Thursday, May 29, 2008
Thirteen Moons by Charles Frazier, author of Cold Mountain, is historical fiction about a white boy, abandoned on the frontier then adopted by a Cherokee chief, who helps the tribe retain its North Carolina land during the 18th century displacement of Native Americans by the U.S. government.
The book's title comes from the Native American tradition -- later followed by European settlers -- of naming each of the thirteen full moons and the month in which each moon occurs during a year. The names vary from tribe to tribe. The Farmer's Almanac lists the following.
January - Full Wolf Moon (named for the wolf packs howling during winter nights)
February - Full Snow Moon (because February usually sees the heaviest snows)
March - Full Worm Moon (because as the temperatures warm earthworm casts appear)
April - Full Pink Moon (named after wild ground phlox, one of the earliest spring flowers)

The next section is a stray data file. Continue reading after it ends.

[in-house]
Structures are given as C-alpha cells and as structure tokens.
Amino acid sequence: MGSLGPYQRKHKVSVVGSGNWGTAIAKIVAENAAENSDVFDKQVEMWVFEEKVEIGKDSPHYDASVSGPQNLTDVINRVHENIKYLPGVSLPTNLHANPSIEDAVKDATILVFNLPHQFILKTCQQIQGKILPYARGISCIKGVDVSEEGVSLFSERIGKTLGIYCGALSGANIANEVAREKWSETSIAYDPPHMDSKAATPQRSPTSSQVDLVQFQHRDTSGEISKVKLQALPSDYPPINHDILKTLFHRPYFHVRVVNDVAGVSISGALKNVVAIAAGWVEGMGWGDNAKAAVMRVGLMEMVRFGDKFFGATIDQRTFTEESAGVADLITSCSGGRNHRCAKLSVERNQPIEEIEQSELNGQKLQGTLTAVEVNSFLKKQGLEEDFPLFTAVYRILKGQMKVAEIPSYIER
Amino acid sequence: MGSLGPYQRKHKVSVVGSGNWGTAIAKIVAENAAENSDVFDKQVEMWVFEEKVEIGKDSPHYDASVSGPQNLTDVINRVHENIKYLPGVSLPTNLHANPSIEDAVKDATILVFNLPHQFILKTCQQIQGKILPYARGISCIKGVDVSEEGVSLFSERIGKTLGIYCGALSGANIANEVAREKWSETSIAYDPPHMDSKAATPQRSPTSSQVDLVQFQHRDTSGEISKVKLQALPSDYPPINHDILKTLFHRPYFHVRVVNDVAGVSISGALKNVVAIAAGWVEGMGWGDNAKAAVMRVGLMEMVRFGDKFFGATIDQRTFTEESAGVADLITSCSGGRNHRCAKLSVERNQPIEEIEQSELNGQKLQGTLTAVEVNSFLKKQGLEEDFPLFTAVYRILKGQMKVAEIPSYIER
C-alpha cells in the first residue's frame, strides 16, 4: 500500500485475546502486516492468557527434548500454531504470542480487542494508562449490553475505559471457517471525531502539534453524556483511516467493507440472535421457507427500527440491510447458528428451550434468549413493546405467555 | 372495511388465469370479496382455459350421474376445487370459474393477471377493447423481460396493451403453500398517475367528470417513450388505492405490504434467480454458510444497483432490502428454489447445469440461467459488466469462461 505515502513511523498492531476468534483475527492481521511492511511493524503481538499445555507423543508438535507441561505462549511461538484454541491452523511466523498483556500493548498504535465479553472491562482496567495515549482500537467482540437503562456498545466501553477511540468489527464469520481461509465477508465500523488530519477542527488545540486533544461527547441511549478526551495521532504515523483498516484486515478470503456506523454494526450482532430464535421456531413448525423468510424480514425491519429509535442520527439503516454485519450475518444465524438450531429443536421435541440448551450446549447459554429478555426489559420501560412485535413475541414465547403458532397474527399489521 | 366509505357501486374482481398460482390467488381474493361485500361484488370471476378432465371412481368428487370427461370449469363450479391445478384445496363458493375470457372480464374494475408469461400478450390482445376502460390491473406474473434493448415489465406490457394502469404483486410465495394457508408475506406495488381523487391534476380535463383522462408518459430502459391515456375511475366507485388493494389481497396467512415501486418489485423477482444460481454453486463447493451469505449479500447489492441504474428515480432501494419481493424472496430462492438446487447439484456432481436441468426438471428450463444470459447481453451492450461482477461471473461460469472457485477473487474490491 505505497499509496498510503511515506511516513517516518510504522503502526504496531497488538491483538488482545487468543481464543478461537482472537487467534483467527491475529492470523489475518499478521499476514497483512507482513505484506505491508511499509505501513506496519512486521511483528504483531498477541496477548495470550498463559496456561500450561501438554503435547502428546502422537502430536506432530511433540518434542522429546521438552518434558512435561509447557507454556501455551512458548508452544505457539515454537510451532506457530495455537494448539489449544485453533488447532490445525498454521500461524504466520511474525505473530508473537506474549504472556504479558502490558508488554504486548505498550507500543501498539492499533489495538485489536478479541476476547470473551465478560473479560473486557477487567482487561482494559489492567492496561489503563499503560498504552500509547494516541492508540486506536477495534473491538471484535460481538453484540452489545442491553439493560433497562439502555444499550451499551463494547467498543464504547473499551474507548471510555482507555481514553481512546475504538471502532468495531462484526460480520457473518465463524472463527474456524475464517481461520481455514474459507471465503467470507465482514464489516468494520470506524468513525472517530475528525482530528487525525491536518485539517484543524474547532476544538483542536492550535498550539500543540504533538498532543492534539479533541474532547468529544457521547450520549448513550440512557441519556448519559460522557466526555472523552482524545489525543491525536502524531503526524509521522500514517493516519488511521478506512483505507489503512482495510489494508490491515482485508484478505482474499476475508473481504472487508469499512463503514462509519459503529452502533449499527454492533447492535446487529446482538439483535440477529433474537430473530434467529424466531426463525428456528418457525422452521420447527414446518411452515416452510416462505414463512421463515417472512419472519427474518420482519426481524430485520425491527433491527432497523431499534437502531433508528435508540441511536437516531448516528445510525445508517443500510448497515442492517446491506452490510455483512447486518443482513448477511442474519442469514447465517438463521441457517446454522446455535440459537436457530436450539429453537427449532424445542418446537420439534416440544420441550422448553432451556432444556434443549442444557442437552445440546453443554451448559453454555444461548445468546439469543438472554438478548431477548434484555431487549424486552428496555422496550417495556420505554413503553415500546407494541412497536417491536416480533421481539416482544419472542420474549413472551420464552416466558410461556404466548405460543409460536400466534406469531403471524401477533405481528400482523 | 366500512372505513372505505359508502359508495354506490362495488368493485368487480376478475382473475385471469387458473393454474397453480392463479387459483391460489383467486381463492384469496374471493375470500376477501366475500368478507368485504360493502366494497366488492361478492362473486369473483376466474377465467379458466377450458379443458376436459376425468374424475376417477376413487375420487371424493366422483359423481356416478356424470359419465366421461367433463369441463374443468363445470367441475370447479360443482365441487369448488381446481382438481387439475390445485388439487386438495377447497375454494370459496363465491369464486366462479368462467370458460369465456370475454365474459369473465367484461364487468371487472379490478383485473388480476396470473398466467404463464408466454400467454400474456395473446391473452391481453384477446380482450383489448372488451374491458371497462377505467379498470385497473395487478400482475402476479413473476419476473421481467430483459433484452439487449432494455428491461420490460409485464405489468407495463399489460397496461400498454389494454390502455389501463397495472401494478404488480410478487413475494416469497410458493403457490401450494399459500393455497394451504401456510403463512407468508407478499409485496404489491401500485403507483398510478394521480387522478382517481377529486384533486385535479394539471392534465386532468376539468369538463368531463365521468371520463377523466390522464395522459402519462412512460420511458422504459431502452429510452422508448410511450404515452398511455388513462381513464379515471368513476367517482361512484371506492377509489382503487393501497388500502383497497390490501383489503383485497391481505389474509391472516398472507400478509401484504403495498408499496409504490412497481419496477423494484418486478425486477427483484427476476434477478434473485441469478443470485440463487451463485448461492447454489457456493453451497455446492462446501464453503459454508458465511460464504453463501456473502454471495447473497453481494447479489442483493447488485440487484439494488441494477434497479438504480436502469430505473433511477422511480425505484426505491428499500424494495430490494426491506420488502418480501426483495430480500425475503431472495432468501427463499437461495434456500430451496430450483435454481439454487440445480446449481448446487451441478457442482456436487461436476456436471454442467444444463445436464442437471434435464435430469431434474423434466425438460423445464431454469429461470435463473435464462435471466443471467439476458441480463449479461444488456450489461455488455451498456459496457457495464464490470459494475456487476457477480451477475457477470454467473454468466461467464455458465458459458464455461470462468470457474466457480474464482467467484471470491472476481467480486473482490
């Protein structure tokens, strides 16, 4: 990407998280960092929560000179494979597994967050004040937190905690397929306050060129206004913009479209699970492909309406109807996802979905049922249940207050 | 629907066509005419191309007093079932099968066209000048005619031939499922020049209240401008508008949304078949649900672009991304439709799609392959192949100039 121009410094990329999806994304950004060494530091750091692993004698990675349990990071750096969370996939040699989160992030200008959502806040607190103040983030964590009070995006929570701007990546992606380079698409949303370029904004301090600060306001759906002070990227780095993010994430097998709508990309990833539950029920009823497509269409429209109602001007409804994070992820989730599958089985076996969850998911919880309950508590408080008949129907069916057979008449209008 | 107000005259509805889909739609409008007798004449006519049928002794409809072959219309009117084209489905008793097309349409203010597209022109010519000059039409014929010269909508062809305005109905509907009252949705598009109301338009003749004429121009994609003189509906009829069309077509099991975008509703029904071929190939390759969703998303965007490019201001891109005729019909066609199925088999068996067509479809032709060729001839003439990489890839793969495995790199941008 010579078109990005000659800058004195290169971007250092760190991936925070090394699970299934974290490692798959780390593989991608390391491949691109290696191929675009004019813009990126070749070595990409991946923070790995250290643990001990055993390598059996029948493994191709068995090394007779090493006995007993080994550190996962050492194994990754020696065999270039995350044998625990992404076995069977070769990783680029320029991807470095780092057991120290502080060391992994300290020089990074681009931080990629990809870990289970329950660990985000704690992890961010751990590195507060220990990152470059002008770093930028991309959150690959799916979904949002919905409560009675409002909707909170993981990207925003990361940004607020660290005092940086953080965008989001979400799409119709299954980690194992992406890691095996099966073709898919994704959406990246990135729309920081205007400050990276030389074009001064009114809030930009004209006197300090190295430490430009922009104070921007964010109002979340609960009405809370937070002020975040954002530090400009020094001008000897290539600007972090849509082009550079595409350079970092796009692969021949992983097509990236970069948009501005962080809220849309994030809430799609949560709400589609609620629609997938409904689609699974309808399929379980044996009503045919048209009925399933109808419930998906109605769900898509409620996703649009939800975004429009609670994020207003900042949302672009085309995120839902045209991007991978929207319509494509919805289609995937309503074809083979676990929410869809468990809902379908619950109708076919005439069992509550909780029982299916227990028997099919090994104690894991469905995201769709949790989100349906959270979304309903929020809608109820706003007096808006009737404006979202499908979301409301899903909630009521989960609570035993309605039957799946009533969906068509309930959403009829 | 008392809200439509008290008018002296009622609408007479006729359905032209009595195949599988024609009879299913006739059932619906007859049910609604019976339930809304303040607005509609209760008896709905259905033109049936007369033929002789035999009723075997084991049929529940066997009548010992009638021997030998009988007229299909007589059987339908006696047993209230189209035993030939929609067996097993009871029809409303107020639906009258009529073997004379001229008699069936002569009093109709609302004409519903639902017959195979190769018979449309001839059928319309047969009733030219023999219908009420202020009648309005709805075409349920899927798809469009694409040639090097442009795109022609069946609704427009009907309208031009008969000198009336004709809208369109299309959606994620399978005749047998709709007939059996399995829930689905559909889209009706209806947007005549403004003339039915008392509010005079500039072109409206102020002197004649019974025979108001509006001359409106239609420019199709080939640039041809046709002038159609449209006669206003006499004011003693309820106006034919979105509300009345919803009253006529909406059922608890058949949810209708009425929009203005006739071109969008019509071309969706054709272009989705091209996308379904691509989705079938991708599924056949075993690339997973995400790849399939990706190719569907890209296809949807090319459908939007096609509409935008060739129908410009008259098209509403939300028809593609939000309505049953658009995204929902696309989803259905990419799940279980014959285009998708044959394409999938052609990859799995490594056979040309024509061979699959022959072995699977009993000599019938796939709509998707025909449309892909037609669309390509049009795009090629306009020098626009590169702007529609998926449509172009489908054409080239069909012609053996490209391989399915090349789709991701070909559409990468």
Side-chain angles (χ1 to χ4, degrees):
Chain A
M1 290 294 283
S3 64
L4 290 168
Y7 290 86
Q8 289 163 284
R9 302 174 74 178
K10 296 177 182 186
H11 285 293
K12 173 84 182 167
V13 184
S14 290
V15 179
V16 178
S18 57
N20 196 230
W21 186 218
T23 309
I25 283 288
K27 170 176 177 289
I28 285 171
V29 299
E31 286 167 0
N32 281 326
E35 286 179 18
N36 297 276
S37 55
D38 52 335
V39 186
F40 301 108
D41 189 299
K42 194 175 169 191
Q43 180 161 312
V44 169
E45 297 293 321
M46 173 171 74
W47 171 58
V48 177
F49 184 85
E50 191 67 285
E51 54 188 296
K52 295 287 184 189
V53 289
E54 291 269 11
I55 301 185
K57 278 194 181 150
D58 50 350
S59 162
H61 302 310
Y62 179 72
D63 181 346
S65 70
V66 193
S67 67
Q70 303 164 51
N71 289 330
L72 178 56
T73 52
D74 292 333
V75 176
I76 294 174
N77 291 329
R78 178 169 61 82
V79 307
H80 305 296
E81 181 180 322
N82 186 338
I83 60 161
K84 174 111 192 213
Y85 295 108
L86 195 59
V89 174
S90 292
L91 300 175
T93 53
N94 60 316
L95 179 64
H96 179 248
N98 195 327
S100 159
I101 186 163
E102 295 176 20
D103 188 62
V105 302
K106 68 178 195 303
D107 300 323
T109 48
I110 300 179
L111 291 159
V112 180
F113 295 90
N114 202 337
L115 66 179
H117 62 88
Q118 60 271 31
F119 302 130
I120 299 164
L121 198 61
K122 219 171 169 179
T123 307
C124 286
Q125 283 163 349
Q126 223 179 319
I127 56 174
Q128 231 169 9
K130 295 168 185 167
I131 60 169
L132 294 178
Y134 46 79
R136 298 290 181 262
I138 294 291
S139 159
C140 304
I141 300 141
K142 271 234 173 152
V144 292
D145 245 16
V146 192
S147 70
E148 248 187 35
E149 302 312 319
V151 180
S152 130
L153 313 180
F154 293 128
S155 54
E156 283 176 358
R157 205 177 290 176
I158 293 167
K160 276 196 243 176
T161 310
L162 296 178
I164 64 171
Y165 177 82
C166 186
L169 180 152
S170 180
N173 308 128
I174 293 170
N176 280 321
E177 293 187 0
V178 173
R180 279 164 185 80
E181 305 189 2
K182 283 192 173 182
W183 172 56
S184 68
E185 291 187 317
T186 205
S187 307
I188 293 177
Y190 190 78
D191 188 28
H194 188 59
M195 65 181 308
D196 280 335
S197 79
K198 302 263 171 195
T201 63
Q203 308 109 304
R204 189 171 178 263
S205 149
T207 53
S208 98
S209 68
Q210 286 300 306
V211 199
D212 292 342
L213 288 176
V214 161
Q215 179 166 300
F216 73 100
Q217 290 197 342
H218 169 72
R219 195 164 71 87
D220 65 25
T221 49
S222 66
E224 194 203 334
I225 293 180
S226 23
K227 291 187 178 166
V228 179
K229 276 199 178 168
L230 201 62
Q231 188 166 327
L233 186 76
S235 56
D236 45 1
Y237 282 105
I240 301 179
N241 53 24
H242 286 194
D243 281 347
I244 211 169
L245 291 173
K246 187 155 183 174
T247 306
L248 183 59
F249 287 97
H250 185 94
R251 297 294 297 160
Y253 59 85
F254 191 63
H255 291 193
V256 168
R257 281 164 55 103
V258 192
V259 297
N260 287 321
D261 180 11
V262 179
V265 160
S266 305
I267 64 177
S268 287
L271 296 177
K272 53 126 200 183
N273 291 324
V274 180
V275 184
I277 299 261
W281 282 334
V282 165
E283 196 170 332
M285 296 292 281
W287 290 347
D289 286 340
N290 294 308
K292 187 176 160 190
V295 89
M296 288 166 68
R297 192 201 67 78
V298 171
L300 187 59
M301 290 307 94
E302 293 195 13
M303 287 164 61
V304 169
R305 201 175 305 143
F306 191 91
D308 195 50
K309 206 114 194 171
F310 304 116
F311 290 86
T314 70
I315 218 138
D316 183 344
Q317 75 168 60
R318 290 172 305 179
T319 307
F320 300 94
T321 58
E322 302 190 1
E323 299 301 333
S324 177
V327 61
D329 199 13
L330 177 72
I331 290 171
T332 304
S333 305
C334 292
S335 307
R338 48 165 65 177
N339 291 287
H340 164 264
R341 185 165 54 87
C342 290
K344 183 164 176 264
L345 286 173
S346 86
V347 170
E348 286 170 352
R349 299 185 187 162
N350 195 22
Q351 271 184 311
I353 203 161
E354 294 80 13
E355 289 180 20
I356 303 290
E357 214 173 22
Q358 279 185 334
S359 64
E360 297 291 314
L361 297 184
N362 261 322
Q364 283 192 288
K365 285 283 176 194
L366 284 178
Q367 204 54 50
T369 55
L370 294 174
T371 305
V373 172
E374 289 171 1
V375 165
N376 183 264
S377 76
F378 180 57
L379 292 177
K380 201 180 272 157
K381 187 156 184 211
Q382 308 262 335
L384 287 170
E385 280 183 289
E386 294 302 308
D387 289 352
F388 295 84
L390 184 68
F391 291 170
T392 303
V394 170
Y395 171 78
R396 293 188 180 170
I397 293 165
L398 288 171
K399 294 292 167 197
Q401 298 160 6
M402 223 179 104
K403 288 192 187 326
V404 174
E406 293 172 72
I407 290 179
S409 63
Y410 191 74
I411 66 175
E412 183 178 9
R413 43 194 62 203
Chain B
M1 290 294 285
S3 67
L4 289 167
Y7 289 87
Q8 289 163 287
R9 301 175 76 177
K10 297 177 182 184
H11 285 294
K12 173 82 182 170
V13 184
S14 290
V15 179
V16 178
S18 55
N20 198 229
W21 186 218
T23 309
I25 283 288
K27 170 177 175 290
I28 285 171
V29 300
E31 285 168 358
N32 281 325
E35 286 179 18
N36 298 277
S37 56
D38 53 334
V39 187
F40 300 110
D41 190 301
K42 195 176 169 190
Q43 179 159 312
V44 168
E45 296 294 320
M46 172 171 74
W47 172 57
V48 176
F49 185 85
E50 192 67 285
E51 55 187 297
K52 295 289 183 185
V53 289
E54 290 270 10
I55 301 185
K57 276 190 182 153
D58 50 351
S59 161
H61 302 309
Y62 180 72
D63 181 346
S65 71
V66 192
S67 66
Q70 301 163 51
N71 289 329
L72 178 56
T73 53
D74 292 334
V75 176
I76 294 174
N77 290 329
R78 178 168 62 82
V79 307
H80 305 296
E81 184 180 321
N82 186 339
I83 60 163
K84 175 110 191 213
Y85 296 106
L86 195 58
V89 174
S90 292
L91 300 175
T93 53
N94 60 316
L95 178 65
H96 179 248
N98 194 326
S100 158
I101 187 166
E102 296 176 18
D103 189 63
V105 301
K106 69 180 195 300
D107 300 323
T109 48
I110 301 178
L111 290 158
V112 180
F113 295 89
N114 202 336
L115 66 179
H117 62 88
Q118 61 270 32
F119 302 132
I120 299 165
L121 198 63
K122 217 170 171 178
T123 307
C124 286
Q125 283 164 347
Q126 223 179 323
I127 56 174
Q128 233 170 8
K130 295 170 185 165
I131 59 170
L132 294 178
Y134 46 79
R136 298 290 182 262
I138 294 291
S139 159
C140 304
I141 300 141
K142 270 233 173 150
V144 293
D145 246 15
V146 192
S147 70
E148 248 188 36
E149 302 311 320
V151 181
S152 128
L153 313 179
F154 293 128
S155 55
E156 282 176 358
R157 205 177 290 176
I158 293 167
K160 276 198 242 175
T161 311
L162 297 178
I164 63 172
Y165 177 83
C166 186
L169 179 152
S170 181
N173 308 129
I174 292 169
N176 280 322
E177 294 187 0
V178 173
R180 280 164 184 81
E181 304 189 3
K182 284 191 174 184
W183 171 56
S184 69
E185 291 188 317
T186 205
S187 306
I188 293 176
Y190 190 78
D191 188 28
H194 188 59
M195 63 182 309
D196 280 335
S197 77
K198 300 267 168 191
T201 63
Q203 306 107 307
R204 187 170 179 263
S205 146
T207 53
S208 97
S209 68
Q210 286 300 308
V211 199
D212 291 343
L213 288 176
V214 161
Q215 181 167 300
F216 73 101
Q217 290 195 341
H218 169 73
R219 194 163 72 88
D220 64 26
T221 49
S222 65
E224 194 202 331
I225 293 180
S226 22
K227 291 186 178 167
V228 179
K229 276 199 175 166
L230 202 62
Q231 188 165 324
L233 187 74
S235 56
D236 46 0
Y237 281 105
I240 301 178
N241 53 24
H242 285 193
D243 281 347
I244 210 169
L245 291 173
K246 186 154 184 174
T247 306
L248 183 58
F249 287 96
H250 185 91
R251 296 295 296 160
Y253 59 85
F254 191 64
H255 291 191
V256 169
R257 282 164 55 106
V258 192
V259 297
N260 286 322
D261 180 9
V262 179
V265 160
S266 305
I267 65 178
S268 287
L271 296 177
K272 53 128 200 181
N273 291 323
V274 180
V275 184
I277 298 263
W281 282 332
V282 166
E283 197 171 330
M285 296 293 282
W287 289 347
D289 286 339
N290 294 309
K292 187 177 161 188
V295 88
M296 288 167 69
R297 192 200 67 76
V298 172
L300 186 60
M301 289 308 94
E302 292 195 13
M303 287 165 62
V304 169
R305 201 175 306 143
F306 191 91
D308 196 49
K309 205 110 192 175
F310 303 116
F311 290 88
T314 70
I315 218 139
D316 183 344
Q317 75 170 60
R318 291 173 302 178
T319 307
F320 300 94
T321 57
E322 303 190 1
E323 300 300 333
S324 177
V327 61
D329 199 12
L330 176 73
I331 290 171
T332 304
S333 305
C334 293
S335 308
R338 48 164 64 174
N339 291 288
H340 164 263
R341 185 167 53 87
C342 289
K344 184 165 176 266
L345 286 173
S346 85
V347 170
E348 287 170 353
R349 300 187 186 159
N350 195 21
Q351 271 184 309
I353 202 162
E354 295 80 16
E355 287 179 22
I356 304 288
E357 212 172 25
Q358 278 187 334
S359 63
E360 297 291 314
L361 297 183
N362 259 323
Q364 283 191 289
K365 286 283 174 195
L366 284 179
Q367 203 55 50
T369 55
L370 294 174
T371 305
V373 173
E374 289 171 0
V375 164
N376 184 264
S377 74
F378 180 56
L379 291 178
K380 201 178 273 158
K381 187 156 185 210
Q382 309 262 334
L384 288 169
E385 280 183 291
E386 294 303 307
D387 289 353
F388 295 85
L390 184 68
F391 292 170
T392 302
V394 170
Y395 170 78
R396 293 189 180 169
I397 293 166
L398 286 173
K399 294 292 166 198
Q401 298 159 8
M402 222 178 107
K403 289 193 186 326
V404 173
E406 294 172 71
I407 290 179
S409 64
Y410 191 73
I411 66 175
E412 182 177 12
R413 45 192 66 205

May - Full Flower Moon (spring flowers are abundant)
June - Full Strawberry Moon (strawberry harvest)
July - Full Buck Moon (because July is when the antlers of bucks usually begin to grow)
August - Full Sturgeon Moon (good fishing -- especially of Sturgeon in the Great Lakes)
September - Full Harvest Moon (occurs closest to the autumn equinox)
October - Full Hunter's Moon (animals are fattened, and it is time to hunt)
November - Full Beaver Moon (time to set traps before the water freezes)
December - Full Cold Moon (nights are longest during December)
Charles Frazier is an alumnus of the University of South Carolina (Ph.D. in English, 1986) -- which also is my alma mater (Master's Degree in Library and Information Science, 2006).